How one step back can result in five steps forward

Posted by on Feb 26, 2014 in Game Development, gentlymad, Shader & Effects | No Comments
How one step back can result in five steps forward

Cross post from gentlymad.org

While developing In Between we had the idea of a dynamically shattering a specific story scene into pieces. The scene should shatter based on the players position in the world and should react to it in realtime.
We discussed the matter and came to the conclusion that we would create an animation in 3D Studio Max, export it to Unity as .fbx and then set the animation timeline position based on the player’s coordinates. This way we would have the most freedom in staging the animation.

Matthias ended up creating a pretty cool animation. It was well thought out and shattered nicely.

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Then we tried to export it.

It turned out, that you can’t bake some modifiers in 3dsmax so when we exported the model, the shatter-animation was missing. We tried different scripts that would first export the model frame by frame and then re-assemble it in a second step, but these often crashed and if they didn’t crash the outcome was completely wrong. At this time, Matthias had spent 4-5 hours on the whole thing and was now pretty busy with cursing 3dsmax.

Me: “Well…i could try to write a shader for this effect…shouldn’t be too hard. But i can’t promise if it’ll be fast enough on mobile devices … drawcalls or fillrate might kill us”
Matthias: “You can do that…?”
Me: “I guess…”
Matthias: “How long would that take?”
Me: “About 30 minutes to 1 hour for a prototype”
Matthias: “I think you should give it a try”

So i started working on it and to my surprise had a working prototype in about 30 minutes (more on the technique in a future post). I then started playing around with it…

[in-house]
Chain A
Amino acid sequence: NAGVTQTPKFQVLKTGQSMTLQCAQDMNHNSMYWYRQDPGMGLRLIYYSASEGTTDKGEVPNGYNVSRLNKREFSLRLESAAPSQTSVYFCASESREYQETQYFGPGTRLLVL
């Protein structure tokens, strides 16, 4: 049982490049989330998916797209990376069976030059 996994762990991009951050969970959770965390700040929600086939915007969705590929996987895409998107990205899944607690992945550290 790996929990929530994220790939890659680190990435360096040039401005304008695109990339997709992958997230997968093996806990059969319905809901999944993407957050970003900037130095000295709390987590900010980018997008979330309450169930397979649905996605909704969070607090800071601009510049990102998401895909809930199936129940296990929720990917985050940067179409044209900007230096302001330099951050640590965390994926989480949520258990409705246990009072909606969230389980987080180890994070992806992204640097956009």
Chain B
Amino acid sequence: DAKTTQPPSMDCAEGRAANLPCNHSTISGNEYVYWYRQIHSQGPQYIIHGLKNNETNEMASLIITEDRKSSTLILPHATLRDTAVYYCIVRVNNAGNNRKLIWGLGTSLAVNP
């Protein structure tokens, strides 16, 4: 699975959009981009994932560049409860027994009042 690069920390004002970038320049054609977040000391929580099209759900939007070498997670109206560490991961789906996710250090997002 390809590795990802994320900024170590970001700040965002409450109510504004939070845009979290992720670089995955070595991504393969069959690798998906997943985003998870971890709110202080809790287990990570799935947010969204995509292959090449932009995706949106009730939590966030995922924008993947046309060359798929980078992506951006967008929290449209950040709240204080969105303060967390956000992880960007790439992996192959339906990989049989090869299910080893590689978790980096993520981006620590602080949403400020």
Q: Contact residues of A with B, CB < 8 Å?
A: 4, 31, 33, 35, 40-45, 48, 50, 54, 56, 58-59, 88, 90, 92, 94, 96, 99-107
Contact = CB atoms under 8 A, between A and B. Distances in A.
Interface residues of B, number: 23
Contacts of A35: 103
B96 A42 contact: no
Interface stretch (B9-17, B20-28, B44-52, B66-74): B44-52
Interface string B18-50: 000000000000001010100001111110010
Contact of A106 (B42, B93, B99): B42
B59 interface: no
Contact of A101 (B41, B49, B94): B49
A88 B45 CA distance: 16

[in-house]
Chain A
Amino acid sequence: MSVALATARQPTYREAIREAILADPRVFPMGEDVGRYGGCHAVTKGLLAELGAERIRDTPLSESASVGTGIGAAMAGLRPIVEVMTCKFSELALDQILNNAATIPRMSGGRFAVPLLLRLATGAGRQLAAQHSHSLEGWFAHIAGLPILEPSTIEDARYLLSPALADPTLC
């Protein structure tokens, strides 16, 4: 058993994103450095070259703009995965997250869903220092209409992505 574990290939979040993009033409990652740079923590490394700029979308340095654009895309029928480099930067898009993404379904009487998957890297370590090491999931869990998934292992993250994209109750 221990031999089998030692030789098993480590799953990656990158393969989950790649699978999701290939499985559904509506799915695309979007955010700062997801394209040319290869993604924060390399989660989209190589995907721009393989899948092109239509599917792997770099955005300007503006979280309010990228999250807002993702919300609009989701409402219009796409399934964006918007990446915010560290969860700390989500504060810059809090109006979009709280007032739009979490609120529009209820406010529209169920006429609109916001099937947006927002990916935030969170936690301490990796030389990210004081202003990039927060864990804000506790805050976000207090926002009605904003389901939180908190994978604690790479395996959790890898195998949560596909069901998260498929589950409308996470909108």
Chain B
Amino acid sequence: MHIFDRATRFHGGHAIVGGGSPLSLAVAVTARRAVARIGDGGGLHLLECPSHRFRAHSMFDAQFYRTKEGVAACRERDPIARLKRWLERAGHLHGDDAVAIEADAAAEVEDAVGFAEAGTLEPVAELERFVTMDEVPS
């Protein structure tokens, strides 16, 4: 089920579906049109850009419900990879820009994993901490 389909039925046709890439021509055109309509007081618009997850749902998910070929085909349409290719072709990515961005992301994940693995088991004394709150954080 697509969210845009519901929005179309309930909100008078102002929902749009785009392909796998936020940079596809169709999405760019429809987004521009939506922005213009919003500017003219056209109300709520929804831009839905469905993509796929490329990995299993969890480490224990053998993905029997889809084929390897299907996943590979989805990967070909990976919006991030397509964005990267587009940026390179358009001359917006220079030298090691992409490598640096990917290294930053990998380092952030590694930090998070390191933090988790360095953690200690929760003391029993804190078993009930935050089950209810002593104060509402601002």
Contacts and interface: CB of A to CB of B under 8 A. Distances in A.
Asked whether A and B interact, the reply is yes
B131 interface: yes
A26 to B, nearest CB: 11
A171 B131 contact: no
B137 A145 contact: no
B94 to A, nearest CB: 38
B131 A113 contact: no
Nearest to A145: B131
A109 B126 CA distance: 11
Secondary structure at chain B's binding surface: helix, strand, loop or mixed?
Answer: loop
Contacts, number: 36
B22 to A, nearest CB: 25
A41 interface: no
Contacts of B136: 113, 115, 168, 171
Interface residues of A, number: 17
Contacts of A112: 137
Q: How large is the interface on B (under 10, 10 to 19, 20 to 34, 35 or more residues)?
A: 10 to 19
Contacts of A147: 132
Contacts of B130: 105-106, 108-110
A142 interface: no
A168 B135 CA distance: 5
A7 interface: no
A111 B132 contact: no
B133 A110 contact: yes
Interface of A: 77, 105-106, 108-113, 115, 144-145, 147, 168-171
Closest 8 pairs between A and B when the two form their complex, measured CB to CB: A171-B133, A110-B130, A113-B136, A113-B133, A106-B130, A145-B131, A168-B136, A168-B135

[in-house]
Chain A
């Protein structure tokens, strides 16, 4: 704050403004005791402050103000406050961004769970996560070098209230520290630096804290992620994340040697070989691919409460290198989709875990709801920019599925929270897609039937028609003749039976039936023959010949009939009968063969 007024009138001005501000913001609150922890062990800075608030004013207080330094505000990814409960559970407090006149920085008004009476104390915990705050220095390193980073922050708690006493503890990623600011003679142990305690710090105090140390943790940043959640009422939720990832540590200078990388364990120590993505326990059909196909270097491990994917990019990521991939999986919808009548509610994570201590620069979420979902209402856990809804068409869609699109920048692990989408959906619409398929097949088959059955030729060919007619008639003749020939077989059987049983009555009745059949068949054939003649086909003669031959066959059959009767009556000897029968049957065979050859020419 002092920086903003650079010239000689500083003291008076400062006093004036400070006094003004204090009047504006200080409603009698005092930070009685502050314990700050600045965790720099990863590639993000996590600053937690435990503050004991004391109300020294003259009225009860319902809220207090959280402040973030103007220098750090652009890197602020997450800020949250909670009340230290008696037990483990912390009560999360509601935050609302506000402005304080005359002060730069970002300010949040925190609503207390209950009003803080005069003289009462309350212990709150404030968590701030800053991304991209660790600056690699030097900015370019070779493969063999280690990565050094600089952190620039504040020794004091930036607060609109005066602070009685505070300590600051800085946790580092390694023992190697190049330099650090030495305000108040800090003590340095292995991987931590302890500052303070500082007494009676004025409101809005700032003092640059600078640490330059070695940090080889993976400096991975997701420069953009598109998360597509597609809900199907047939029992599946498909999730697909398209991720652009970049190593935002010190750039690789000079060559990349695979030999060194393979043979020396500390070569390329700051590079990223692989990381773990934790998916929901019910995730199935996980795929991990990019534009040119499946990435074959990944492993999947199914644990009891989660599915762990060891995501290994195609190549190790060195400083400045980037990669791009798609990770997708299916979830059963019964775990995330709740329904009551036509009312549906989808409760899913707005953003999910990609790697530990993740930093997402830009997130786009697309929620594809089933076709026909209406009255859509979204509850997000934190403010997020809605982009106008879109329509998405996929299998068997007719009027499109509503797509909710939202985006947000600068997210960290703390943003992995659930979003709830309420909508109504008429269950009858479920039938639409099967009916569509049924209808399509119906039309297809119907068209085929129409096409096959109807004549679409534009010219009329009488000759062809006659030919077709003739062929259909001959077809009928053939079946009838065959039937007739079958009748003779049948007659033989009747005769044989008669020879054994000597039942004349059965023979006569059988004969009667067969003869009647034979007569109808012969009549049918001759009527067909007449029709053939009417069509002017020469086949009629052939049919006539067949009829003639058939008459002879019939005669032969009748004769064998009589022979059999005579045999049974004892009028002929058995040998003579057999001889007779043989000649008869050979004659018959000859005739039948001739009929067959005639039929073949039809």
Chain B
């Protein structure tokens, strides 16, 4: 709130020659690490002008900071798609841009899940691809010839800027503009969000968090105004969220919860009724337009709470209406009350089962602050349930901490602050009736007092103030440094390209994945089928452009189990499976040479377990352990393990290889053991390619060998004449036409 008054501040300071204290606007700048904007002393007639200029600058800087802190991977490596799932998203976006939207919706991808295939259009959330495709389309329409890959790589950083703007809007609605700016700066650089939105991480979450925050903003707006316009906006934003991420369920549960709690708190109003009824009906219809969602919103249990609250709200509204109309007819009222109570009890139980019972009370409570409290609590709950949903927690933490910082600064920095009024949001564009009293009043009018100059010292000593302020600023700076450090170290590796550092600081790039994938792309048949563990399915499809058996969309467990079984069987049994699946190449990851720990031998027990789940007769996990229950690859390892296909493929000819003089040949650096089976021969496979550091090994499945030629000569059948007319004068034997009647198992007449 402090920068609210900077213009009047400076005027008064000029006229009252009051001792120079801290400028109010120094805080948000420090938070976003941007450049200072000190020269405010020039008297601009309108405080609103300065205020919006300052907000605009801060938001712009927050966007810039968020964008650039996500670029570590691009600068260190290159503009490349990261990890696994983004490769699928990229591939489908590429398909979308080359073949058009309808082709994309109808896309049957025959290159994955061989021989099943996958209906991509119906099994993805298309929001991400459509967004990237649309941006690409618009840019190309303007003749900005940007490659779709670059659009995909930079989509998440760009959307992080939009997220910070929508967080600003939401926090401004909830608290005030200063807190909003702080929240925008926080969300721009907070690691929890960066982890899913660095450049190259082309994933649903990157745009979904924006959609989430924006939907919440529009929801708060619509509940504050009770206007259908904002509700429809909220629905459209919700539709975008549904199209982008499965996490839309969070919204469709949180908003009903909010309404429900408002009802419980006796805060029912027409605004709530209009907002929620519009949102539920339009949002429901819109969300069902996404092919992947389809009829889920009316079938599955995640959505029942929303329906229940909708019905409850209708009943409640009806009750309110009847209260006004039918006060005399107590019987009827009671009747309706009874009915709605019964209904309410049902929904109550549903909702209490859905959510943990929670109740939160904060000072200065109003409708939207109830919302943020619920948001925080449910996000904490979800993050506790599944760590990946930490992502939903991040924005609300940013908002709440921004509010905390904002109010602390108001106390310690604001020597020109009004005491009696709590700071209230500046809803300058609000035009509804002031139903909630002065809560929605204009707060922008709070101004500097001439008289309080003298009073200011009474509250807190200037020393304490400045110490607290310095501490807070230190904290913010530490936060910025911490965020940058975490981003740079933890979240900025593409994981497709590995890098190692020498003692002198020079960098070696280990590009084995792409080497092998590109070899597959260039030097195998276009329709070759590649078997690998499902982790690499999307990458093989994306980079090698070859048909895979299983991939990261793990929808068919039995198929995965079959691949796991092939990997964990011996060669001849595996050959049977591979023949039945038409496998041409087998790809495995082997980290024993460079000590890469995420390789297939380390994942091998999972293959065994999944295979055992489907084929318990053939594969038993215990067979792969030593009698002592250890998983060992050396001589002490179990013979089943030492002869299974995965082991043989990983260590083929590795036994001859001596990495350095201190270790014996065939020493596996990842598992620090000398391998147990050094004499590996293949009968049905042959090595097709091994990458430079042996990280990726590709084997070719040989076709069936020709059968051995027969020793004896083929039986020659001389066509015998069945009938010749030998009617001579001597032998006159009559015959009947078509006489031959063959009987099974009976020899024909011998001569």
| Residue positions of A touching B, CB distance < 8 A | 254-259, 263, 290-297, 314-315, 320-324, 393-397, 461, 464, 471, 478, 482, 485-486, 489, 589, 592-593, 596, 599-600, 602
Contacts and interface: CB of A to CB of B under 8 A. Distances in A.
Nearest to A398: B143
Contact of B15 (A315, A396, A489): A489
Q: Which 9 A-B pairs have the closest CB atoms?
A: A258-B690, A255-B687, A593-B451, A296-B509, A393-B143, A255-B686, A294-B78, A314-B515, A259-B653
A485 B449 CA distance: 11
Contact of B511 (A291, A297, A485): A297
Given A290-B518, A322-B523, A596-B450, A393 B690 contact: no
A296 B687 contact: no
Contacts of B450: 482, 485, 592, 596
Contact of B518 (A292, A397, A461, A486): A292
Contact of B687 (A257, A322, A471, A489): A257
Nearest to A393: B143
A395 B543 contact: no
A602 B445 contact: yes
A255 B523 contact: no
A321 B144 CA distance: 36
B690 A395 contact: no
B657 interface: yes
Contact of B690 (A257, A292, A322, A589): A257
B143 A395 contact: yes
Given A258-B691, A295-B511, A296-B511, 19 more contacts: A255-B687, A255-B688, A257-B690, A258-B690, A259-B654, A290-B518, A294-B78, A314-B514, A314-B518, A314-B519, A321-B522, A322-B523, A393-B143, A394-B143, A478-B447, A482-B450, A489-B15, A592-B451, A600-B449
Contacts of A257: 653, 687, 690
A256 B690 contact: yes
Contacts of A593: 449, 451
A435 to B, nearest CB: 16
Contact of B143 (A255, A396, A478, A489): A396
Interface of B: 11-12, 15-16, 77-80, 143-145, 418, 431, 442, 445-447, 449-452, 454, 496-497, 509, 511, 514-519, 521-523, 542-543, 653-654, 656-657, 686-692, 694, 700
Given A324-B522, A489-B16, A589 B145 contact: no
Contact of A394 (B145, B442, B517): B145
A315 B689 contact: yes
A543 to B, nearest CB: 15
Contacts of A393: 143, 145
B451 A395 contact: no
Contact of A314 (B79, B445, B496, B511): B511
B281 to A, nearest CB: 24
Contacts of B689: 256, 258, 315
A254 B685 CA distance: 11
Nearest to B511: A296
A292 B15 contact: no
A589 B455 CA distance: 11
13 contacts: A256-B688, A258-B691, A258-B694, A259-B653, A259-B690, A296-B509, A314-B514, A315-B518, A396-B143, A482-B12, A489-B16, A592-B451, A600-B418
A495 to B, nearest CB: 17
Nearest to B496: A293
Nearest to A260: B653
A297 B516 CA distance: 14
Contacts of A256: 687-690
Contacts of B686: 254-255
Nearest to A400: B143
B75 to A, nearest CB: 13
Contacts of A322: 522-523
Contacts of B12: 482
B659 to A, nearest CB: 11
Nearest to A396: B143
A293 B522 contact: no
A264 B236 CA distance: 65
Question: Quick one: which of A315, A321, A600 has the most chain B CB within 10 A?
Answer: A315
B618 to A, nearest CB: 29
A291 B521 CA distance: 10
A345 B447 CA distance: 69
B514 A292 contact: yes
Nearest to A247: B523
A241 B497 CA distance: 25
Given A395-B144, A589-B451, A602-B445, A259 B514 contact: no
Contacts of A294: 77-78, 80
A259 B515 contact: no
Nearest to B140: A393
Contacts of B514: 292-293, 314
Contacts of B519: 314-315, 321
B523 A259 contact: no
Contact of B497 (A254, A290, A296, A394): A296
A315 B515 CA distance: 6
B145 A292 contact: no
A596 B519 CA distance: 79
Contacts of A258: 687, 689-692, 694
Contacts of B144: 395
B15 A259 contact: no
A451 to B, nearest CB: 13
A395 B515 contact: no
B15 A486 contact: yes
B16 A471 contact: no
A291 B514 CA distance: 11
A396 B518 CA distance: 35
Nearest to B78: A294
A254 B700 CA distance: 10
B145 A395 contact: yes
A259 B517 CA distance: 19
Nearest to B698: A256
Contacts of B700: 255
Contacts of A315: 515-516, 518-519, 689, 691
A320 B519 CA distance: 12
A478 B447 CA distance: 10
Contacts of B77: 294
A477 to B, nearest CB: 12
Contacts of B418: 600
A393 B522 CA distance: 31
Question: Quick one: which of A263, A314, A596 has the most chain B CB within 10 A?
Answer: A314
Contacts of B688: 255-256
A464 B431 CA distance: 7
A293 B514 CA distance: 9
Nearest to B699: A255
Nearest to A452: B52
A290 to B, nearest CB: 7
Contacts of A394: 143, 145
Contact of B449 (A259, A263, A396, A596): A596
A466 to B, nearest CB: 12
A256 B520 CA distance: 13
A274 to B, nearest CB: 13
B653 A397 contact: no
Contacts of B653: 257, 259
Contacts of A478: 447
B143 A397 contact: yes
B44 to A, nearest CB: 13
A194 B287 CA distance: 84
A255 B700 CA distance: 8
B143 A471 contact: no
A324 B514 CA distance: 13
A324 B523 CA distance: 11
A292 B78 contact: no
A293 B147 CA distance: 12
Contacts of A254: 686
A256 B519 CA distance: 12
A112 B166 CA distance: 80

… about 1 hour later Daniel looked over my shoulder, trying to catch a glimpse of what i was doing all the time.

Daniel: “What the…this looks great!”
Me: “What the… where has the time gone!?”
Daniel: “We should totally make this a gameplay element, this looks fun!”
Me: “Yeah… i have been blowing up spheres and cubes for an hour… i guess you are right”

So we ended up putting the shatterizer in every scene, blasting the level into pieces each time the player dies without any sort of pre-production or baking. We also introduced a special “Shatter Mode” to the game that will be unlocked once you played through the game once, making it significantly harder to beat the game. Over the time we also extended the system step by step to make the game more responsive to the player’s actions in general.

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So, after all, 3dsmax modifiers not being bakeable was actually a good thing. Not only is it a lot easier now to shatter a level, it is also a easier to tweak the shattereffect than it was in 3dsmax. It’s also more responsive and led to an improved look and feel of the game.
Oh and it also helped us in solving a pretty big dilemma with storytelling (more on that in a future post).

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Sometimes limitations can really help to push your game forward as they force you to think in other directions.

Do any of you guys have similar experiences you want to share?